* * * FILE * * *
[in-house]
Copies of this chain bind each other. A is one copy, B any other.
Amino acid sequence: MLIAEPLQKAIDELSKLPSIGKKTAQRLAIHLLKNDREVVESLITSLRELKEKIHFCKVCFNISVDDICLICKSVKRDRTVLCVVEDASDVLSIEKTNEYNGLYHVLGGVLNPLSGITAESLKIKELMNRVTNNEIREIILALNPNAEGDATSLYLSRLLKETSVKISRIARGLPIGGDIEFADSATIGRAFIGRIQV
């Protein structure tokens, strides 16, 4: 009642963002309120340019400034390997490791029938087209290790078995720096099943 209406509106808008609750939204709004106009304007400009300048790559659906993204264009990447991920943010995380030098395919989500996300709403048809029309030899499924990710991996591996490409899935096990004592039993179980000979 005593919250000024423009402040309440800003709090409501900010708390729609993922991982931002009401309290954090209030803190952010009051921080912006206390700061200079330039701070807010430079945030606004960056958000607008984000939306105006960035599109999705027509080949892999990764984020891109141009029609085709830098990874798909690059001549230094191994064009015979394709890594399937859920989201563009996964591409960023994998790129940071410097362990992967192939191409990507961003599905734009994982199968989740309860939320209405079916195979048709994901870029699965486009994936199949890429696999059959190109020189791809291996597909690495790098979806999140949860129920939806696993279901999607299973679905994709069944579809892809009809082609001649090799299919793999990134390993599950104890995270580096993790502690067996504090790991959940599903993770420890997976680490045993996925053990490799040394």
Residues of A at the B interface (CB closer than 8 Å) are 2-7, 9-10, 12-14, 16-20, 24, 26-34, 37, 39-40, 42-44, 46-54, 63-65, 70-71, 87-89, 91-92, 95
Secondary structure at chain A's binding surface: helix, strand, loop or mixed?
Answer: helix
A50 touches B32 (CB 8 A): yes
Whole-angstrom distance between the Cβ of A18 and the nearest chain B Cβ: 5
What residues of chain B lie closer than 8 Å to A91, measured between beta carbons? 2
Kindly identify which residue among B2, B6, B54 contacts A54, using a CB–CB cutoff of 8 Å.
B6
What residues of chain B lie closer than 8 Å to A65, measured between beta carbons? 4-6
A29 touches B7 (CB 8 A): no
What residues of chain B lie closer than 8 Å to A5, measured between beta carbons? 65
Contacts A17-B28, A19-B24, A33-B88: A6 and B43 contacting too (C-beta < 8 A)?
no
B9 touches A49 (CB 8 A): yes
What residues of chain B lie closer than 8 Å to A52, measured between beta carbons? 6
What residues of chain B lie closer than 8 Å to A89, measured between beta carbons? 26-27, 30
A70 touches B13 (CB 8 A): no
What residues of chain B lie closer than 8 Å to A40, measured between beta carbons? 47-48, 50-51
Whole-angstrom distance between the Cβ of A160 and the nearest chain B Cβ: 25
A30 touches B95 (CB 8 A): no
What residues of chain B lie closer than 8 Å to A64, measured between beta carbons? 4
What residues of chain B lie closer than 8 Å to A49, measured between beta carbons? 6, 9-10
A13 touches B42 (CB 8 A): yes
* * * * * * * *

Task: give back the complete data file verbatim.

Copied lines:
[in-house]
Copies of this chain bind each other. A is one copy, B any other.
Amino acid sequence: MLIAEPLQKAIDELSKLPSIGKKTAQRLAIHLLKNDREVVESLITSLRELKEKIHFCKVCFNISVDDICLICKSVKRDRTVLCVVEDASDVLSIEKTNEYNGLYHVLGGVLNPLSGITAESLKIKELMNRVTNNEIREIILALNPNAEGDATSLYLSRLLKETSVKISRIARGLPIGGDIEFADSATIGRAFIGRIQV
């Protein structure tokens, strides 16, 4: 009642963002309120340019400034390997490791029938087209290790078995720096099943 209406509106808008609750939204709004106009304007400009300048790559659906993204264009990447991920943010995380030098395919989500996300709403048809029309030899499924990710991996591996490409899935096990004592039993179980000979 005593919250000024423009402040309440800003709090409501900010708390729609993922991982931002009401309290954090209030803190952010009051921080912006206390700061200079330039701070807010430079945030606004960056958000607008984000939306105006960035599109999705027509080949892999990764984020891109141009029609085709830098990874798909690059001549230094191994064009015979394709890594399937859920989201563009996964591409960023994998790129940071410097362990992967192939191409990507961003599905734009994982199968989740309860939320209405079916195979048709994901870029699965486009994936199949890429696999059959190109020189791809291996597909690495790098979806999140949860129920939806696993279901999607299973679905994709069944579809892809009809082609001649090799299919793999990134390993599950104890995270580096993790502690067996504090790991959940599903993770420890997976680490045993996925053990490799040394």
Residues of A at the B interface (CB closer than 8 Å) are 2-7, 9-10, 12-14, 16-20, 24, 26-34, 37, 39-40, 42-44, 46-54, 63-65, 70-71, 87-89, 91-92, 95
Secondary structure at chain A's binding surface: helix, strand, loop or mixed?
Answer: helix
A50 touches B32 (CB 8 A): yes
Whole-angstrom distance between the Cβ of A18 and the nearest chain B Cβ: 5
What residues of chain B lie closer than 8 Å to A91, measured between beta carbons? 2
Kindly identify which residue among B2, B6, B54 contacts A54, using a CB–CB cutoff of 8 Å.
B6
What residues of chain B lie closer than 8 Å to A65, measured between beta carbons? 4-6
A29 touches B7 (CB 8 A): no
What residues of chain B lie closer than 8 Å to A5, measured between beta carbons? 65
Contacts A17-B28, A19-B24, A33-B88: A6 and B43 contacting too (C-beta < 8 A)?
no
B9 touches A49 (CB 8 A): yes
What residues of chain B lie closer than 8 Å to A52, measured between beta carbons? 6
What residues of chain B lie closer than 8 Å to A89, measured between beta carbons? 26-27, 30
A70 touches B13 (CB 8 A): no
What residues of chain B lie closer than 8 Å to A40, measured between beta carbons? 47-48, 50-51
Whole-angstrom distance between the Cβ of A160 and the nearest chain B Cβ: 25
A30 touches B95 (CB 8 A): no
What residues of chain B lie closer than 8 Å to A64, measured between beta carbons? 4
What residues of chain B lie closer than 8 Å to A49, measured between beta carbons? 6, 9-10
A13 touches B42 (CB 8 A): yes